Mrs. I. is an intelligent woman about thirty-five years of age, married and the mother of two children. She joined Prophet Cherry’s church about six years ago. She formerly was a member of a holiness church, but, according to her, their worship is a “tale,” just a fake. The business of speaking in tongues is a joke. All the whooping and yelling, dancing, falling out and the like is indecent. She joined Prophet Cherry’s church after her husband. She and her children observed the Passover all of last week. Every day they stayed in church from 9 a.m. to about...

  10. V MOORISH SCIENCE TEMPLE OF AMERICA
    (pp. 41-51)

    H. R. was born in Louisiana. From the age of seven years he could not believe in Christianity. At a church meeting one day he saw his mother fall out. All about her they said, “Loosen her corset!” He thought she was dying. But she recovered all right. A year or so later he asked her, “What was the matter?” She said she was just happy, that’s all. He hated all that foolishness. Worst of all he hated the hypocrisy of the Christians. He wanted to be with his own and he never was satisfied until he became a Moslem....

  11. VI FATHER DIVINE PEACE MISSION MOVEMENT
    (pp. 52-67)

    Sing Happy is a tall, dark-brown-skinned, well-preserved Negro of about seventy years of age, with short gray hair and good teeth. He has a very strong baritone voice which is well known among the followers of Father Divine who join in the singing at Rockland Palace. One day many years ago Sing Happy heard Father call out to him in his apartment, “Happy!” He had been busy doing some small chore when suddenly he heard the voice call out to him. For a moment he could not imagine what or who it was. He rushed to the stairway to see,...

  12. VII COMPARATIVE STUDY
    (pp. 68-75)

    The following order probably represents the degree of conformity of the cults studied with the more orthodox evangelical Christian denominations:

    Mt. Sinai Holy Church

    United House of Prayer for All People

    Church of God (Black Jews)

    Father Divine Peace Mission

    Moorish Science Temple of America

    Mt. Sinai and United House of Prayer

    These two cults are considered together because in many respects they are similar, particularly with regard to their organizational forms and religious practices.

    There is little substantial difference in fundamental belief between these two cults and the orthodox churches. Thus there is a belief in the Holy Trinity...

  13. VIII WHY THE CULTS ATTRACT
    (pp. 76-86)

    What is there about the cult which draws to it the thousands of adherents from our large northern centers?

    As is to be expected, different people are attracted to a cult for different reasons. This fact is reflected in a difference in emphasis in the various cults. But there is one main attraction which stands out in all cults, making a kind of common bond among them: it is the desire to get closer to some supernatural power, be it God, the Holy Spirit, or Allah.

    From the testimony of members of the various cults,¹ it becomes clear that another...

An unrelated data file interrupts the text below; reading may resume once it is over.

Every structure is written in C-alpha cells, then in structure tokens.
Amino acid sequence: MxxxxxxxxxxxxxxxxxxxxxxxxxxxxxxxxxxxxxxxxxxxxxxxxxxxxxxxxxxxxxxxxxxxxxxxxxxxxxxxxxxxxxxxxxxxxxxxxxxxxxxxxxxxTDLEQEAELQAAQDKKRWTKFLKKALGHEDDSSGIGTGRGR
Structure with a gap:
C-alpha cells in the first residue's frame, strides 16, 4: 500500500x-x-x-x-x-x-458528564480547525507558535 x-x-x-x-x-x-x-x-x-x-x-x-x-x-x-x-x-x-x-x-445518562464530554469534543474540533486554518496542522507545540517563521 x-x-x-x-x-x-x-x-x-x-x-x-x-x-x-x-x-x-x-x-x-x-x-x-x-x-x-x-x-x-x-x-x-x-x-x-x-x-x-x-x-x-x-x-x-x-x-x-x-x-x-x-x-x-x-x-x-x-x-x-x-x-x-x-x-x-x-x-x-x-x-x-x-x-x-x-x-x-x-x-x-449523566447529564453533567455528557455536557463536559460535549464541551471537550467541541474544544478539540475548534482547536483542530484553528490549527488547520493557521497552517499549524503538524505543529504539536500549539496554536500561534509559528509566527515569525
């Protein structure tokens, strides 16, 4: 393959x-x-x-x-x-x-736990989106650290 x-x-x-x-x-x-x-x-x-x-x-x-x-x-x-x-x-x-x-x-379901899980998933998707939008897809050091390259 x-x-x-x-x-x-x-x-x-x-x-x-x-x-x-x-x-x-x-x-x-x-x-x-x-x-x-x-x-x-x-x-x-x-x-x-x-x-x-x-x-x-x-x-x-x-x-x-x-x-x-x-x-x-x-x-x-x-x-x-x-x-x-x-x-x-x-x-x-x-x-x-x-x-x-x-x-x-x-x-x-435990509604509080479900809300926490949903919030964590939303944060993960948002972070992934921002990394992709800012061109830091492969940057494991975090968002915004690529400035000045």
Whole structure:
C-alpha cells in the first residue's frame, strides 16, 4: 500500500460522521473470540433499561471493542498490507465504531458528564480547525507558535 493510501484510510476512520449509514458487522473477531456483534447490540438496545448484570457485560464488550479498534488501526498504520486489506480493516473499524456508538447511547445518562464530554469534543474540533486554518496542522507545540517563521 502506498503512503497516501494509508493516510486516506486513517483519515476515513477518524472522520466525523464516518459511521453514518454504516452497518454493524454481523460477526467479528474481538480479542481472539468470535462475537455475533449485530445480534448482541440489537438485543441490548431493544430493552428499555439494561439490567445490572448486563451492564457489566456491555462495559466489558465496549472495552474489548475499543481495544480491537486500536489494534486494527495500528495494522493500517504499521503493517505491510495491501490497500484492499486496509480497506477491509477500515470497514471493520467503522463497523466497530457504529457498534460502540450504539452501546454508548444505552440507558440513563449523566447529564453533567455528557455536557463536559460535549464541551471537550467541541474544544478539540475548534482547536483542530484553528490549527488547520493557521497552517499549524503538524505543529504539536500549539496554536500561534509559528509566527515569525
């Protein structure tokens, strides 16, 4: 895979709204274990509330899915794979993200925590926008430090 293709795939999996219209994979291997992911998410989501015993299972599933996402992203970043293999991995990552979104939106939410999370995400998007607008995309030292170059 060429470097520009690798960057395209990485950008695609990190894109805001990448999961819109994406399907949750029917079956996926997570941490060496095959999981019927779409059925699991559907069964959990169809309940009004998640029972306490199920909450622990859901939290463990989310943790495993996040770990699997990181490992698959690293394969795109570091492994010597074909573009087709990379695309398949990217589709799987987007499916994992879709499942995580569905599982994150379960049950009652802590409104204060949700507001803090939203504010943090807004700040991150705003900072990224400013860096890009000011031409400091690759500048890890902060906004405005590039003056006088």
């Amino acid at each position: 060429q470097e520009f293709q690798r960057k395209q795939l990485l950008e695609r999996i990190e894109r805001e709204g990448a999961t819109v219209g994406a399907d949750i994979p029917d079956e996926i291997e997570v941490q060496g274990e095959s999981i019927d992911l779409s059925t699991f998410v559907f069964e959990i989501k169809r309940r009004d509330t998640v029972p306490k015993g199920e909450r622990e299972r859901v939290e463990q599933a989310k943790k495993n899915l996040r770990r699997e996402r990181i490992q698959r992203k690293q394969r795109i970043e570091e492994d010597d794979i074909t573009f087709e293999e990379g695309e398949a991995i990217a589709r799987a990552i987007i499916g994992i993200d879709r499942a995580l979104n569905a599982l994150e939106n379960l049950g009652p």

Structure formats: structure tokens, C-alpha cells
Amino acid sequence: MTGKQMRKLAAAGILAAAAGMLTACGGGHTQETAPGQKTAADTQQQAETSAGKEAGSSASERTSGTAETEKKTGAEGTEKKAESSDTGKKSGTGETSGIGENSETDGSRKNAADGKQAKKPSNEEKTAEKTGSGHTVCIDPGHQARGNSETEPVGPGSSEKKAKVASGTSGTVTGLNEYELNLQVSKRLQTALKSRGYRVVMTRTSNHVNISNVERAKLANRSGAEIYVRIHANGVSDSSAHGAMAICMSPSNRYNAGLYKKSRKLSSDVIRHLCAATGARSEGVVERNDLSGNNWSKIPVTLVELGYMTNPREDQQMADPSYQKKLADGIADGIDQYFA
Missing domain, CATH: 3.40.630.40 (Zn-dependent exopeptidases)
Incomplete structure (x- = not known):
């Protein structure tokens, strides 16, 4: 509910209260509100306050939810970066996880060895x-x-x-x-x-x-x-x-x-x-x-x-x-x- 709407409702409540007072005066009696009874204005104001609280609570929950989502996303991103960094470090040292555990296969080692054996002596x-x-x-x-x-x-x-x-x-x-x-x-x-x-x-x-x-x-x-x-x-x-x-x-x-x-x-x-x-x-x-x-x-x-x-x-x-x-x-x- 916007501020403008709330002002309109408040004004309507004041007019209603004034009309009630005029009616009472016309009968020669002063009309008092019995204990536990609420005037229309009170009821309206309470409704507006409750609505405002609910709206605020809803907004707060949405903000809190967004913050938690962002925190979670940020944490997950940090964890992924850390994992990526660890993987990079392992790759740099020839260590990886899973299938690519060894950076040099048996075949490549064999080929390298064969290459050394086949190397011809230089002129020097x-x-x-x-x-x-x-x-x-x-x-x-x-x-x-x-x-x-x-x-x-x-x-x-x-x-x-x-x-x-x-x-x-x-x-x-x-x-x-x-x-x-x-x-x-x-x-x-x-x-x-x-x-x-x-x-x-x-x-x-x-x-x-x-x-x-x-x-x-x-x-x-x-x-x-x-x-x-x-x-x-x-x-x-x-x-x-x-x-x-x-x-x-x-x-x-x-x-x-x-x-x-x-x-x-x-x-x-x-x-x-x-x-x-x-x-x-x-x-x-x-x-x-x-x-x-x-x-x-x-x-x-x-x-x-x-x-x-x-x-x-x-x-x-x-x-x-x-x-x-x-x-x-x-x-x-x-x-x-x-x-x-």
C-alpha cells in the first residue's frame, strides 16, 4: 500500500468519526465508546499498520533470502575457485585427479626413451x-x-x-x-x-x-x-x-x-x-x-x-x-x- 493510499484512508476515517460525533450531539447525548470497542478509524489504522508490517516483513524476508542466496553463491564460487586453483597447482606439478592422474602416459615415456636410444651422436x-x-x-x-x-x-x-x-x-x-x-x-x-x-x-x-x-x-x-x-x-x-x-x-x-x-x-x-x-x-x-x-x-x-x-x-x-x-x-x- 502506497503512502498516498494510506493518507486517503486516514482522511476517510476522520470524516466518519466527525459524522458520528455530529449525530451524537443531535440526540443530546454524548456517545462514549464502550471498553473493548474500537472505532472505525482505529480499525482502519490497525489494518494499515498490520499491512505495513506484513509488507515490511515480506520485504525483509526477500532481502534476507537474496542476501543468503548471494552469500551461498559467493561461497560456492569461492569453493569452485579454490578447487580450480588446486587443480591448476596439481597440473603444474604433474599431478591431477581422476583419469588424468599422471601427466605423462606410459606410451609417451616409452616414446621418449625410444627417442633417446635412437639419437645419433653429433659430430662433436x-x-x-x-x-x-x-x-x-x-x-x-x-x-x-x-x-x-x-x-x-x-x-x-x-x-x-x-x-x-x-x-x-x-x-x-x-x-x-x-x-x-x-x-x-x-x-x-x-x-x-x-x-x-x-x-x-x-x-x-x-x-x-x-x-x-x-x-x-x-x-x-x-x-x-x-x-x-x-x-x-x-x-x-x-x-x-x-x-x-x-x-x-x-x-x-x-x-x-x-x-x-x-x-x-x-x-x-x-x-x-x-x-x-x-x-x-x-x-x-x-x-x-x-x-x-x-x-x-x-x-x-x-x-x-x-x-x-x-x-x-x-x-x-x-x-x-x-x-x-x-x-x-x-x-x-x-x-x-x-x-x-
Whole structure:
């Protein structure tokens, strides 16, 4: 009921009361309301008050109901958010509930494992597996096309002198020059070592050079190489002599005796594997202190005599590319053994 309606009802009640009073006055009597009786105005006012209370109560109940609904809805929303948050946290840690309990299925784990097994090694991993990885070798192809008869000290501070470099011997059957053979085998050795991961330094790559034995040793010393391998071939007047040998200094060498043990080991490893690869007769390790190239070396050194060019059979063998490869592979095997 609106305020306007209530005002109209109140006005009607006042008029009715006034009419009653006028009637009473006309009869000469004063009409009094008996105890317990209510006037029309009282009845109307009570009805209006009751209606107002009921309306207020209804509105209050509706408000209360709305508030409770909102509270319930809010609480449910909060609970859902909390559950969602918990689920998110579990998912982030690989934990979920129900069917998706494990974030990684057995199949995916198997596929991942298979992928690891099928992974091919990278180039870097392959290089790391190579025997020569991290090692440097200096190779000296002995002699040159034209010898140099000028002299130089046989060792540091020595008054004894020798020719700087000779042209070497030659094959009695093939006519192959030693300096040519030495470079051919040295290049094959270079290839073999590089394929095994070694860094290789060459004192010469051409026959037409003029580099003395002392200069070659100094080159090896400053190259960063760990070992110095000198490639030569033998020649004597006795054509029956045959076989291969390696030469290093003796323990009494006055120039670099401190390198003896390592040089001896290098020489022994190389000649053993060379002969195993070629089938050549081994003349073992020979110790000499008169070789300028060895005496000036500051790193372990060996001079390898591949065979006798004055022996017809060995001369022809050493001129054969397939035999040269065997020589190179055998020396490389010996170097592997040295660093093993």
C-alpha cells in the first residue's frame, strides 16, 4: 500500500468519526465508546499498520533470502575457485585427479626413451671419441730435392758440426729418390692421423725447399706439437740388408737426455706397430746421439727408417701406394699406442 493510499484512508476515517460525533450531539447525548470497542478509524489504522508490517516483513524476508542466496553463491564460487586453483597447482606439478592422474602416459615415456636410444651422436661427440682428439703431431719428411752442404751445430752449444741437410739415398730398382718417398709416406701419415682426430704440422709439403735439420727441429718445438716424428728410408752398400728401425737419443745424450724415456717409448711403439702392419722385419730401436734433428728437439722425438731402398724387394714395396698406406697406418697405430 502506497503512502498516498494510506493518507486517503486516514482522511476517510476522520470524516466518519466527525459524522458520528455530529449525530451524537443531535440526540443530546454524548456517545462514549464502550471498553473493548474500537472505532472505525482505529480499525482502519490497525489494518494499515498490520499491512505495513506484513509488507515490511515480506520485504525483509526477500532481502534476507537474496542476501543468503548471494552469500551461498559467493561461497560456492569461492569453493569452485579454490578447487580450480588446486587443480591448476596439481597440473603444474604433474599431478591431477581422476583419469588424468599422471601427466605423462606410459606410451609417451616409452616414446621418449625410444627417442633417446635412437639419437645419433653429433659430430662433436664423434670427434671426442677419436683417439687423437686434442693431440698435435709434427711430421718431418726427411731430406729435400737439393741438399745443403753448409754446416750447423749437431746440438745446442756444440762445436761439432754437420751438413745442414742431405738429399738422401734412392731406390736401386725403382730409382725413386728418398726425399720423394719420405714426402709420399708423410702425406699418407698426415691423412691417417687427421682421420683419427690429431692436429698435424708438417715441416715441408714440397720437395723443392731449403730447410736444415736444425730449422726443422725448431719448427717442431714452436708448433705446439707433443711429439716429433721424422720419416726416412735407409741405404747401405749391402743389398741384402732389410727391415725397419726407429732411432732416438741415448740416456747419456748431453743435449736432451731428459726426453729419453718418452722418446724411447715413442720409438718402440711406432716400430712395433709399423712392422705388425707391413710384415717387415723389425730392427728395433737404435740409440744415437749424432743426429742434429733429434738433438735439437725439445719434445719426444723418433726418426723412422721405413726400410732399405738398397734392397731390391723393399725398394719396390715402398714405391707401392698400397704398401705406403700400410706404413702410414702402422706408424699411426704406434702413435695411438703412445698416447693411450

14. IX THE CULT AS A FUNCTIONAL INSTITUTION
    (pp. 87-95)

    Reference has been made to the rôle of the Negro cult in relieving and releasing psychological tensions, particularly in the case of Negroes who are confronted for the first time with the problems of northern urban life. It would be natural for cult leaders to recognize the functional possibilities of the cult mechanism along various lines; in fact it would be difficult for them to eschew the temptation to accomplish various ends by means of the cult which under a different social order in our country would appertain to more secular institutions.

    We are not surprised therefore to observe a...

  15. X THE NEGRO AND HIS RELIGION
    (pp. 96-106)

    The religiosity of the Negro often is taken for granted. Not only is this a popular opinion, but important social scientists intimate and even emphasize the fact.

    To take two outstanding examples, there is the sociologist, Robert E. Park, who states,

    I assume … the reason the Negro so readily and eagerly took over from the white man his heaven and his apocalyptic visions was because these materials met the demands of his peculiarracial temperament[italics mine]….¹

    Herskovits, the anthropologist, has been quoted above as stating:

    Underlying the life of the American Negro is a deep religiousbent[italics...

  16. XI SUMMARY OF FINDINGS
    (pp. 107-110)

    The data in this study, while admittedly limited, offer the following indications:

    1. It is a fair inference that the apparent over-emphasis by the American Negro in the religious sphere is related to the comparatively meager participation of Negroes in other institutional forms of American culture, such as business, politics, and industry, a condition which is bound up intimately with the prevailing custom of racial dichotomy which restricts the normal participation of Negroes in many avenues of American life. On the other hand, the study does not present adequate grounds for believing that there is an instinctive religious “bent” or “temperament”...

  17. Appendices
    (pp. 111-122)
  18. BIBLIOGRAPHY
    (pp. 123-126)